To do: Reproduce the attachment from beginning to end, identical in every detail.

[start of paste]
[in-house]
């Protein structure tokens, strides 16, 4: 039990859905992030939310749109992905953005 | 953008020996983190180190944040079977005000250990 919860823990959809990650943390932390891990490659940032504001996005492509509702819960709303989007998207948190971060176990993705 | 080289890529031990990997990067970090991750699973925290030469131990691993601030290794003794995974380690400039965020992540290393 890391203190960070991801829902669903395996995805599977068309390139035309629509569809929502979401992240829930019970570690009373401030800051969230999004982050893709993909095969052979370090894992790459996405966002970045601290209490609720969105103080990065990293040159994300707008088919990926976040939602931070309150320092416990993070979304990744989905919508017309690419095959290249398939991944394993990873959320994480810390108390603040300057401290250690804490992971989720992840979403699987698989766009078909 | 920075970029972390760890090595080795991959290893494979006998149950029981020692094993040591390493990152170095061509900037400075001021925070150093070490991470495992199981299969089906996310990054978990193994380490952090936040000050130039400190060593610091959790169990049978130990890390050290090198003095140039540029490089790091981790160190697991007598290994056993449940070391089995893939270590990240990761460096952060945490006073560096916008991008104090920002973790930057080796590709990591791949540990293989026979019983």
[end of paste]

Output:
[in-house]
């Protein structure tokens, strides 16, 4: 039990859905992030939310749109992905953005 | 953008020996983190180190944040079977005000250990 919860823990959809990650943390932390891990490659940032504001996005492509509702819960709303989007998207948190971060176990993705 | 080289890529031990990997990067970090991750699973925290030469131990691993601030290794003794995974380690400039965020992540290393 890391203190960070991801829902669903395996995805599977068309390139035309629509569809929502979401992240829930019970570690009373401030800051969230999004982050893709993909095969052979370090894992790459996405966002970045601290209490609720969105103080990065990293040159994300707008088919990926976040939602931070309150320092416990993070979304990744989905919508017309690419095959290249398939991944394993990873959320994480810390108390603040300057401290250690804490992971989720992840979403699987698989766009078909 | 920075970029972390760890090595080795991959290893494979006998149950029981020692094993040591390493990152170095061509900037400075001021925070150093070490991470495992199981299969089906996310990054978990193994380490952090936040000050130039400190060593610091959790169990049978130990890390050290090198003095140039540029490089790091981790160190697991007598290994056993449940070391089995893939270590990240990761460096952060945490006073560096916008991008104090920002973790930057080796590709990591791949540990293989026979019983």